Some of the outlying stores that sell the Southeast Missourian may have unsold copies that will trickle in today and over the next few days. Kneer advises those who want copies to call the circulation department at 334-7115 and speak with a customer service representative or leave a voice-mail message.
The Rev. Bill Matzat, director of pastoral care at Southeast Missouri Hospital, watched the events unfold Tuesday in New York and Washington, D.C., in the same horror and disbelief the rest of the nation felt.
As a native New Yorker, Matzat had a close connection to the tragedy. He lived about 20 miles from New York City before coming to Cape Girardeau 26 years ago.
His niece, a corporate attorney, works in the Empire State building and was on her way to work down Fifth Avenue when the buildings were struck. She and her husband returned to their apartment but were without power. The couple were evacuated to another area of the city.
"People need to do something. Spiritually, that's calling on God by praying for help and peace," Matzat said.
Matzat will be part of a roundtable discussion with other ministers about the incident. It's scheduled for 8:30 a.m. Friday at the Southeast Missouri Hospital chapel.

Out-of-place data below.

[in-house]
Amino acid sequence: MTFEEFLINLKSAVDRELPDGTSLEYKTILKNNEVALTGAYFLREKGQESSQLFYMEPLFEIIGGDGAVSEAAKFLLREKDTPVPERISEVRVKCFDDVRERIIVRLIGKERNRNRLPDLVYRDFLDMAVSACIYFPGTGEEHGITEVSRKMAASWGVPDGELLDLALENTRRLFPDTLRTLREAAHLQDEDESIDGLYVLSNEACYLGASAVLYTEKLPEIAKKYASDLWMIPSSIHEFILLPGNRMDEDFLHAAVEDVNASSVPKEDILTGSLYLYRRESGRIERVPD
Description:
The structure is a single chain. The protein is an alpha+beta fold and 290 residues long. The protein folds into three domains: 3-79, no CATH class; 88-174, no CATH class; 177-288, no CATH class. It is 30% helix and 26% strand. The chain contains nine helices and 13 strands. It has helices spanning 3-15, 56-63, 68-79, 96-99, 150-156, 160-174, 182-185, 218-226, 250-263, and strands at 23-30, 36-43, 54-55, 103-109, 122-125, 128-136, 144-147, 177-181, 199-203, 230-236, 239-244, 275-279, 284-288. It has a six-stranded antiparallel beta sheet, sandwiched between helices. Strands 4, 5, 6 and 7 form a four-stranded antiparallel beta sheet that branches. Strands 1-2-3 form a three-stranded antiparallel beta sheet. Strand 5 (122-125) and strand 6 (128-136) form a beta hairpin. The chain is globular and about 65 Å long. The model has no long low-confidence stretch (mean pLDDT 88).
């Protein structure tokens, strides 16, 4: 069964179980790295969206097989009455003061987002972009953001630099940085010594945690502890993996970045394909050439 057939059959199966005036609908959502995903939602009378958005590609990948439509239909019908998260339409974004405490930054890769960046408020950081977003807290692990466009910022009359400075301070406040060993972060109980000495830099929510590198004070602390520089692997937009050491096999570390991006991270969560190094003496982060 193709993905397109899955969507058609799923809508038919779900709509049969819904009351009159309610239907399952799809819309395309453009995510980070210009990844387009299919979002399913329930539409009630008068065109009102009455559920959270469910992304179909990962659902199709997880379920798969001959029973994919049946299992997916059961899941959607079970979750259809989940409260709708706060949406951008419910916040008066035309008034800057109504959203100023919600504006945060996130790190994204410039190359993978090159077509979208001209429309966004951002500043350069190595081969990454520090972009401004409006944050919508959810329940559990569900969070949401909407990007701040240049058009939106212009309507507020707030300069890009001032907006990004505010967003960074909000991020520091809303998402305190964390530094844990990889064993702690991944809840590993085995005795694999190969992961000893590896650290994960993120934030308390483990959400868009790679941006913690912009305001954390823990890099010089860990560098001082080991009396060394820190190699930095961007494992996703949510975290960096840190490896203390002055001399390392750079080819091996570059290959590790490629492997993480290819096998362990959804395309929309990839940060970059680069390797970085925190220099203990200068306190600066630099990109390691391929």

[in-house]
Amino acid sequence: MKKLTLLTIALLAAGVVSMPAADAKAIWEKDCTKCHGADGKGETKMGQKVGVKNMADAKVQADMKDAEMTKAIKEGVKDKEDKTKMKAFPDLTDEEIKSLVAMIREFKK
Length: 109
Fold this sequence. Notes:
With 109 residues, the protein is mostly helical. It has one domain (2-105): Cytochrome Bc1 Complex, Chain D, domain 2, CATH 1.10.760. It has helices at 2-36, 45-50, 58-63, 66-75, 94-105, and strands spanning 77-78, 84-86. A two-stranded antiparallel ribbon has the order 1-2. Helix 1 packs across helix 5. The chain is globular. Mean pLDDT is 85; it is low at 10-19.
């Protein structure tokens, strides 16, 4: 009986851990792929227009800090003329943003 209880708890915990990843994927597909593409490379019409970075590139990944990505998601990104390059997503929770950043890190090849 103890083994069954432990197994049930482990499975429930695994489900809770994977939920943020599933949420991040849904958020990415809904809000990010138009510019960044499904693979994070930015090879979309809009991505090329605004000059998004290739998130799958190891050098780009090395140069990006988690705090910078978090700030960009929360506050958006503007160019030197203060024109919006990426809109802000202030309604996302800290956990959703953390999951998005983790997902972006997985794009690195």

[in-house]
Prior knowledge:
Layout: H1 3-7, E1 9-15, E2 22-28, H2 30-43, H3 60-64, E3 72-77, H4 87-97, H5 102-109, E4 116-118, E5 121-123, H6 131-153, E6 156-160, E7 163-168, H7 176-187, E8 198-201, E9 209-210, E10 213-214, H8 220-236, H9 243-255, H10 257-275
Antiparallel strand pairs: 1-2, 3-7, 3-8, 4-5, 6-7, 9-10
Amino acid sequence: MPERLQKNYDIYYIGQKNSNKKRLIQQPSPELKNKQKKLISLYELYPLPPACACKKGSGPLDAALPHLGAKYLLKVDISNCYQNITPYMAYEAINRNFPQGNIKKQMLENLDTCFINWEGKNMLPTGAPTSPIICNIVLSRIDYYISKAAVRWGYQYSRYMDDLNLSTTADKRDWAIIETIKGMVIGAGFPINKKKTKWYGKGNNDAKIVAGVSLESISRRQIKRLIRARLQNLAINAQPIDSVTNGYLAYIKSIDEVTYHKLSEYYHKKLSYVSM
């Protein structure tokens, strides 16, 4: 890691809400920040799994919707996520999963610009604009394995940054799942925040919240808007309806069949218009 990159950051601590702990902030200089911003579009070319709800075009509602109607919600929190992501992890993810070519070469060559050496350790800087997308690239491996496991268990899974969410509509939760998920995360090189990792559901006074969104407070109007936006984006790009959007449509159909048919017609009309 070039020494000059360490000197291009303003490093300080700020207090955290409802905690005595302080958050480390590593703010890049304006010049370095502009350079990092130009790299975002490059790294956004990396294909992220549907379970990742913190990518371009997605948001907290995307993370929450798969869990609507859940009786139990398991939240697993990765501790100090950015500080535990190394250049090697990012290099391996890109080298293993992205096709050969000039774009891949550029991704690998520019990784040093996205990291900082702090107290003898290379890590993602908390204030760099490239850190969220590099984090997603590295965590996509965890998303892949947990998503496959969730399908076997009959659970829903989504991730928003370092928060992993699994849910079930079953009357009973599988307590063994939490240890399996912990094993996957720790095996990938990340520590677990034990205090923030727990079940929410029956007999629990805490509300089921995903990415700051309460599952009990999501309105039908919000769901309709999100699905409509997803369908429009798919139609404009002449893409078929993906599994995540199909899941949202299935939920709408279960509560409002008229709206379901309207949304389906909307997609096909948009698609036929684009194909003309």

DEXTER, Mo. -- As news of the horror and tragedy of Tuesday's attacks in New York and Washington spread through Stoddard County, thoughts turned to local residents living in or visiting the two metropolitan areas. So far, all seem to be accounted for.
Lois and Clyde Vaughn, Sr., are breathing a sigh of relief after learning their son, Gen. Clyde Vaughn Jr., avoided injury at the Pentagon during Tuesday morning's attack.
Lois Vaughn was with her husband during a medical appointment when she first heard news of the attack on the Pentagon and called her daughter in Virginia to get information concerning her son.
"Clyde is just fine," Lois said. "He was standing outside the Pentagon and saw the plane crash into the building. Nothing happened to him, and he's safe in a bunker in Washington."
Her son works in the Pentagon as the deputy director of operations, readiness and mobilization.